Richards v. STATE EX REL. DEPT. OF PS

872 P.2d 957 | Okla. Civ. App. | 1994

872 P.2d 957 (1994)

Casey A. RICHARDS, Appellant,
v.
STATE of Oklahoma, ex rel. DEPARTMENT OF PUBLIC SAFETY, Appellee.

No. 82714.

Court of Appeals of Oklahoma, Division No. 3.

March 8, 1994.

Stephen G. Fabian, Jr., Fabian & Associates, Edmond, for appellant.

Earl L. Reeves, Jr., Dept. of Public Safety, Oklahoma City, for appellee.

Released for Publication by Order of the Court of Appeals of Oklahoma, Division No. 3.

*958 OPINION

BAILEY, Judge:

Casey A. Richards (Richards) appeals the Trial Court's order denying his motion for new trial after judgment for State of Oklahoma, ex rel. Department of Public Safety (DPS), in Richards' action for review of DPS' order revoking Richards' driver's license. Herein, Richards asserts (1) lack of probable cause for his arrest, and (2) error of the Trial Court in admission of breathalyzer test results, DPS having failed to show (a) administration of a breathalyzer test on an approved testing appliance with approved materials in accord with the rules relevant thereto, and (b) proper maintenance of the appliance.

In January 1992, an Oklahoma City police officer responded to a report of a rear end collision. At the scene, the officer observed Richards, the driver of one of the vehicles involved, exhibiting signs of intoxication, including an odor of alcohol, as well as glassy, bloodshot eyes, and Richards admitted consumption of four beers that night. The officer placed Richards under arrest for operation of a motor vehicle while under the influence of intoxicating substance, read Richards his rights/obligations under Oklahoma Implied Consent Law, and requested Richards to submit to chemical testing for blood alcohol. Richards consented, and test results showed Richards' blood alcohol concentration at .17.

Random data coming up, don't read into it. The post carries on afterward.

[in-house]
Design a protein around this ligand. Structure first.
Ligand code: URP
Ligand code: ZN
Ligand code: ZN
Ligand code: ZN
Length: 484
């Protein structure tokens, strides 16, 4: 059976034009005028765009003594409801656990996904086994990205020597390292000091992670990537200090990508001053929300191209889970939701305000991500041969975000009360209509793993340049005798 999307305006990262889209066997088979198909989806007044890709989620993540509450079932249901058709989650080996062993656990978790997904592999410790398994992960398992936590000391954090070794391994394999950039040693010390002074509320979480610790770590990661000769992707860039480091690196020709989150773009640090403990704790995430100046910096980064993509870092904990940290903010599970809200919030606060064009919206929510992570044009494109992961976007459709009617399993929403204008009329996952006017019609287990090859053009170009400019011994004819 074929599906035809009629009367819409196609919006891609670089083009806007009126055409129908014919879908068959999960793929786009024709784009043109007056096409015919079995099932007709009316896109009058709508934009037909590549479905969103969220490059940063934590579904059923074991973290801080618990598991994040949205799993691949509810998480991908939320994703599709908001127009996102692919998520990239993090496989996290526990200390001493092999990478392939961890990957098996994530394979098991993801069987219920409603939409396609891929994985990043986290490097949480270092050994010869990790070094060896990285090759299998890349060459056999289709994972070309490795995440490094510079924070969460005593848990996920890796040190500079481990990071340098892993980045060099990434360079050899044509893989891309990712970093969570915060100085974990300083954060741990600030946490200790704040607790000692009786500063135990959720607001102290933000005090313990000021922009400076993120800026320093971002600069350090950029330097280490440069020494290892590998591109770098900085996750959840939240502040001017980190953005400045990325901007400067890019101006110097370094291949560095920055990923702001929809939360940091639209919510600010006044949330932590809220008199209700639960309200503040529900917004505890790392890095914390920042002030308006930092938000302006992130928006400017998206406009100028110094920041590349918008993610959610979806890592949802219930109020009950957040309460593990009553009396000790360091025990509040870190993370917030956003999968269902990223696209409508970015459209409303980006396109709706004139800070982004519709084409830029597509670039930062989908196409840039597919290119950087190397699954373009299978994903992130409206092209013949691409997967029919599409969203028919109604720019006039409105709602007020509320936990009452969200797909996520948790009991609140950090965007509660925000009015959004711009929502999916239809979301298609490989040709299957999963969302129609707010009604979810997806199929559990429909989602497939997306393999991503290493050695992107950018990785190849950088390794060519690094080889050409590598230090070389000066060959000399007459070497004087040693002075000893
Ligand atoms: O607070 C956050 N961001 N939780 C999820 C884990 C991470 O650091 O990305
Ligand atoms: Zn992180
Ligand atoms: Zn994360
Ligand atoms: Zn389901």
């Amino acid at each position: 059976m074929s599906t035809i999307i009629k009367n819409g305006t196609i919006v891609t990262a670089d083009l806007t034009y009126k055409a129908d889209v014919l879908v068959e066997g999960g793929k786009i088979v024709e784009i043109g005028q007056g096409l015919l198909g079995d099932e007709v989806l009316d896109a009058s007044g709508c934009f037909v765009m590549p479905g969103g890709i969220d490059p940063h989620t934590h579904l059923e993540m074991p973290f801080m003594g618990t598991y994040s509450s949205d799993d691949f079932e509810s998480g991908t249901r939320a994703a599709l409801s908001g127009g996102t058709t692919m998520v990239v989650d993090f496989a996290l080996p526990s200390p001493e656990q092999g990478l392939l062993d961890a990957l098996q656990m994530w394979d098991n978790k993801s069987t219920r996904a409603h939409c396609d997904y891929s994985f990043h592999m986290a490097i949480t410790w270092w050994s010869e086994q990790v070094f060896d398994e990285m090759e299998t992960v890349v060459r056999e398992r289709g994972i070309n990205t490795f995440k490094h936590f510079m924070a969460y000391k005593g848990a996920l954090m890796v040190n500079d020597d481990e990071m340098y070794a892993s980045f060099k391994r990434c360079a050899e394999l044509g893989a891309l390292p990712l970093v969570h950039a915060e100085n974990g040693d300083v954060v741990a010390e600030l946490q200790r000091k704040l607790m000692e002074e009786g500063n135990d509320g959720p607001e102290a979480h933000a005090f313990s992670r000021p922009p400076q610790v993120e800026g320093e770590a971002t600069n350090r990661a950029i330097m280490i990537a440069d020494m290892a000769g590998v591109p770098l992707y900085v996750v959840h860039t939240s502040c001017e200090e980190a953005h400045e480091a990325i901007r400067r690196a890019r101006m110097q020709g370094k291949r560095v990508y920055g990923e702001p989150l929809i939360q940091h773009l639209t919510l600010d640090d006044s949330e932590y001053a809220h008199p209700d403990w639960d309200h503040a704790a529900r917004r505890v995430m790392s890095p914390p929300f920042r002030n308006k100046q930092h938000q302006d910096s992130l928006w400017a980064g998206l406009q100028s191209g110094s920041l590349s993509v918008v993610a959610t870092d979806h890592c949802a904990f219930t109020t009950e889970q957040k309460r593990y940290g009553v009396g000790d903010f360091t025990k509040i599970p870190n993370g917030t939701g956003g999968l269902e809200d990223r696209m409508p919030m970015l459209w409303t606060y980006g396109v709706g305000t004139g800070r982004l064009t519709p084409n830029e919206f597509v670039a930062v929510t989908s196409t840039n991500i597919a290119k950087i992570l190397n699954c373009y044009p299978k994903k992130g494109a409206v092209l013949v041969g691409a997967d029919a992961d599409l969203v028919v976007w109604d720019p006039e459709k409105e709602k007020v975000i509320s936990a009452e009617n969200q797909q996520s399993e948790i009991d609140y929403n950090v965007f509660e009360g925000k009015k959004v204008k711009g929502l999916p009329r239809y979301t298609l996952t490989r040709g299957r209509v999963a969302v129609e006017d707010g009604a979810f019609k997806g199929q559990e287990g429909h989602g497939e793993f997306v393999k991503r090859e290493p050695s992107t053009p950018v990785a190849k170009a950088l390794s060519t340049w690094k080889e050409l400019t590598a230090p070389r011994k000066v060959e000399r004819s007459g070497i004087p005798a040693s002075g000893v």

Based on the test result, DPS issued an order revoking Richards' driver's license for one year, Richards having received a prior alcohol-related revocation in 1989.[1] Richards sought administrative review, but the hearing officer affirmed the order of revocation.

Richards then sought further review in the Trial Court. DPS presented evidence and the testimony of the arresting officer concerning Richards' arrest and administration of the breath test, as well as testimony of the breathalyzer maintenance supervisor, to which Richards demurred. The Trial Court overruled Richards' demurrer to the evidence, and Richards presented no other evidence. The Trial Court entered judgment for DPS, upholding the order of revocation. Richards moved for new trial, which the Trial Court denied, and Richards now seeks review in this Court.

As an initial matter, we note the scope of a revocation hearing shall include inquiry into the following issues:

E... . [W]hether the [arresting] officer had reasonable grounds to believe the *959 person had been driving ... a vehicle upon the public ... streets while under the influence of alcohol, ... and whether the person was placed under arrest.
1. If the revocation ... is based upon a breath or blood test result and a sworn report from a law enforcement officer, the scope of the hearing shall also cover the issues as to whether: